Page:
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    HaYom Harat Olam & Areshet Sefatenu

    shofar rosh hashanah pray daven synagogueThe Rosh HaShanah services alternate between long, often intricate piyyutim and short snatches of liturgy which are not nearly as simple as they appear.

    Three times in Musaf we conclude a section – Malchiyot, Zichronot, Shofarot – with the blowing of the shofar and the two short prayers, HaYom Harat Olam and Areshet Sefatenu.

    Each prayer is popular, sung with gusto, and extraordinarily difficult in words and meaning.


    Leaving aside for the moment the question of what harat olam means, this prayer seems to be a succinct summary of Rosh HaShanah.

    It says this is a Day of Judgment, but the question is, for whom?

    We are told that some people are like children pleading for a parent’s mercy and kindness, whilst others are like servants, seeking justice and freedom from their Master.

    Who then are the children, who are the servants? Are they separate categories, defined by lineage or social status?

    It is not that some are in the “children” category and others in the “servants” group. There is only one category, us. We oscillate between the two identities. We all have the same problem: we all believe in God, but we wonder how much we can ask of Him.

    If we appeal to His middat ha-din (attribute of strict justice), He might retort that we have no right to a favourable verdict; if we rely on His middat ha-rachamim (attribute of mercy), He may warn us not to take advantage of His kindly nature.

    In neither case can we be certain of a successful outcome. That’s what makes the day difficult, and that’s why we blow the shofar with a quivering – and quavering – heartbeat.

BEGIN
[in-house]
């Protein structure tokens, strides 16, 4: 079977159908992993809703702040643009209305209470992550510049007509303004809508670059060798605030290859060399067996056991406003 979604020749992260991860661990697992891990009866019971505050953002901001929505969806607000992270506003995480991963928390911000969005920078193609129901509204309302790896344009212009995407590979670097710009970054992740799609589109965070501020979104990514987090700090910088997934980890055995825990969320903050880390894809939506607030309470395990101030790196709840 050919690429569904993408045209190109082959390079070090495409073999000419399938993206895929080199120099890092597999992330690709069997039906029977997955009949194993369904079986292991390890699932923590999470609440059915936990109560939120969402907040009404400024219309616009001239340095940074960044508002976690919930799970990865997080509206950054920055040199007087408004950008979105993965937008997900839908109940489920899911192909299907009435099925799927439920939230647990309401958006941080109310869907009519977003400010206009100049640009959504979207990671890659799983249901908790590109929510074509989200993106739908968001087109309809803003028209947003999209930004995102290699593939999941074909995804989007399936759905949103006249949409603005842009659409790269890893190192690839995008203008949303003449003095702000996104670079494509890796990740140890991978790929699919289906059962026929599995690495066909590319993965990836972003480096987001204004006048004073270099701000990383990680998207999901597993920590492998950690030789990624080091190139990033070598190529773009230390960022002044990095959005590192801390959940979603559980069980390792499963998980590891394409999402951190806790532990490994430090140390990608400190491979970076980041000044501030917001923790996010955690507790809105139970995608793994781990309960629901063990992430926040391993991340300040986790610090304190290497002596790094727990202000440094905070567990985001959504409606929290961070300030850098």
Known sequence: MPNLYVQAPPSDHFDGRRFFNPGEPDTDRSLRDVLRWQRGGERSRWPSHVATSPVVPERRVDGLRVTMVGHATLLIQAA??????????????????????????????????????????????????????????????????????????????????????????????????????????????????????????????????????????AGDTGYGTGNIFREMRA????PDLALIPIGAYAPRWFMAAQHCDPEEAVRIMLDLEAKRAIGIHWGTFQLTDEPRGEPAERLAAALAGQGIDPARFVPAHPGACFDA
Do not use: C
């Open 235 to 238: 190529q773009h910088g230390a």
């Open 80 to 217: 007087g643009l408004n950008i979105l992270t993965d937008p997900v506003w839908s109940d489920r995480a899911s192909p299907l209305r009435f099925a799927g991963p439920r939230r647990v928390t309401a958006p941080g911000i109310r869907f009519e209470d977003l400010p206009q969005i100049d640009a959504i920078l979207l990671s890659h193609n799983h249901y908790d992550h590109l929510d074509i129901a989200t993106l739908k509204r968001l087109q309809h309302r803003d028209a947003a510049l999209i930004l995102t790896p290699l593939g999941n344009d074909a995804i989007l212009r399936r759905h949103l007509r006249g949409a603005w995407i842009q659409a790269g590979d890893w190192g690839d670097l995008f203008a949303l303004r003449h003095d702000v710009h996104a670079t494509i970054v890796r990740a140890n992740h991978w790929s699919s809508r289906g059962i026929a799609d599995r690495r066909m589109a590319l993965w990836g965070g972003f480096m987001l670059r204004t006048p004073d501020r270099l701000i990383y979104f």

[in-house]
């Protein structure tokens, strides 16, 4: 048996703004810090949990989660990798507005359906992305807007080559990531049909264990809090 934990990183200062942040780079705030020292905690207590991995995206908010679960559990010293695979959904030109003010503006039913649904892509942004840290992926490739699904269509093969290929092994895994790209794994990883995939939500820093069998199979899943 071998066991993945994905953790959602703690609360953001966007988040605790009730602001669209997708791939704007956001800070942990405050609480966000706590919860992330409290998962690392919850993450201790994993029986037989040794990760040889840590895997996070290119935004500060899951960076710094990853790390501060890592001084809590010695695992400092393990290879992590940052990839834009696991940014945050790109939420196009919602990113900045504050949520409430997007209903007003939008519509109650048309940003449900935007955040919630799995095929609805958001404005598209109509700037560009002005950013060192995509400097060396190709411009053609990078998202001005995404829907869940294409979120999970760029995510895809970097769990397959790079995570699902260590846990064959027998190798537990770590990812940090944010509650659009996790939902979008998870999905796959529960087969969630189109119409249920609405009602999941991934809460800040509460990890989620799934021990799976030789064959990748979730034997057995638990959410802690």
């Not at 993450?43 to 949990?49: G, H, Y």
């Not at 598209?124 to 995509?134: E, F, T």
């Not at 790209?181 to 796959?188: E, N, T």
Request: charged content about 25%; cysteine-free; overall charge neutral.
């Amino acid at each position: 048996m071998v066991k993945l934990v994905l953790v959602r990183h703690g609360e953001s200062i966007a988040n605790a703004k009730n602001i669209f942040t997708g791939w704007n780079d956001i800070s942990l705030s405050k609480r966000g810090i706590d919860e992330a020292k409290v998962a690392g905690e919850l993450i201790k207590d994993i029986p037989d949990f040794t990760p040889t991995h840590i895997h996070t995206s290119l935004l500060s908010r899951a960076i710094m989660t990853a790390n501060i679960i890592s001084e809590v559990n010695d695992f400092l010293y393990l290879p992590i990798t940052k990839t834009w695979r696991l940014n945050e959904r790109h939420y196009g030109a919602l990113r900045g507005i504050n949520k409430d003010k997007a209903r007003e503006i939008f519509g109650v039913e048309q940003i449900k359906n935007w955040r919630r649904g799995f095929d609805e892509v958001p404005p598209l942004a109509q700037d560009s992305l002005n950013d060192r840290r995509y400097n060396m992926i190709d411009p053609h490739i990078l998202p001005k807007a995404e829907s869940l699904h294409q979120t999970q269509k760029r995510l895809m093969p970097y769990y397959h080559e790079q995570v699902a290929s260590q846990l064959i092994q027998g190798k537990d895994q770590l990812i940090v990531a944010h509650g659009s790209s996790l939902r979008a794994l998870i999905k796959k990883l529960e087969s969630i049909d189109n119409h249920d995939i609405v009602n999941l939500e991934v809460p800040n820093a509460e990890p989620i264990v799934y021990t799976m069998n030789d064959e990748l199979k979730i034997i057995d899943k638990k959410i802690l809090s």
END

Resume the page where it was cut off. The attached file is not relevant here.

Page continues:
The opening phrase has a connection with birth. It is often (perhaps incorrectly) translated, “Today is the birthday of the world”, or “Today the world was brought into being” (though harat is pregnancy, not childbirth), indicating that on the anniversary of Creation, God looks at His world and its inhabitants and determines their fate for the year ahead.

    It reflects the view of Rabbi Eliezer in the Gemara that the world was created in Tishri, though there is an alternative view that declares that the world was created in Nisan (RH 10b/11a).

    The phrase is from Jeremiah 20:17, verachmah harat olam. Jeremiah dreams of never leaving his mother’s womb; she would thus remain pregnant forever.

    Maybe we can justify the use of a word that means “pregnant” by translating the phrase Hayom Harat Olam as “Today the world’s potential is seen”.

    There is a rabbinic view that Creation began on 25 Ellul, with man’s arrival coming on the sixth day, 1 Tishri. In this sense it is possible to suggest that there was a notional short pregnancy between 25 Ellul and the emergence of humankind on the day we mark as Rosh HaShanah.


    This prayer asks that our prayers (including the sound of our shofar) may rise and be accepted favourably On High.

    The Hebrew areshet sefatenu is borrowed from Tehillim (Psalm 21:3), va’areshet sefatav bal manata, “You have not withheld his lips’ request”.

    Areshet is an unusual word, derived from a notional root alef-resh-shin which Samson Raphael Hirsch connects with alef-resh-sin, to betroth: Ex. 22:15 uses the word for a woman whose betrothal has not been formally constituted.

    In the context of the Rosh HaShanah liturgy we might understand the word as yearning for a close relationship between man and God in which man’s words of faith in God are answered by the Almighty’s assurance of His love.

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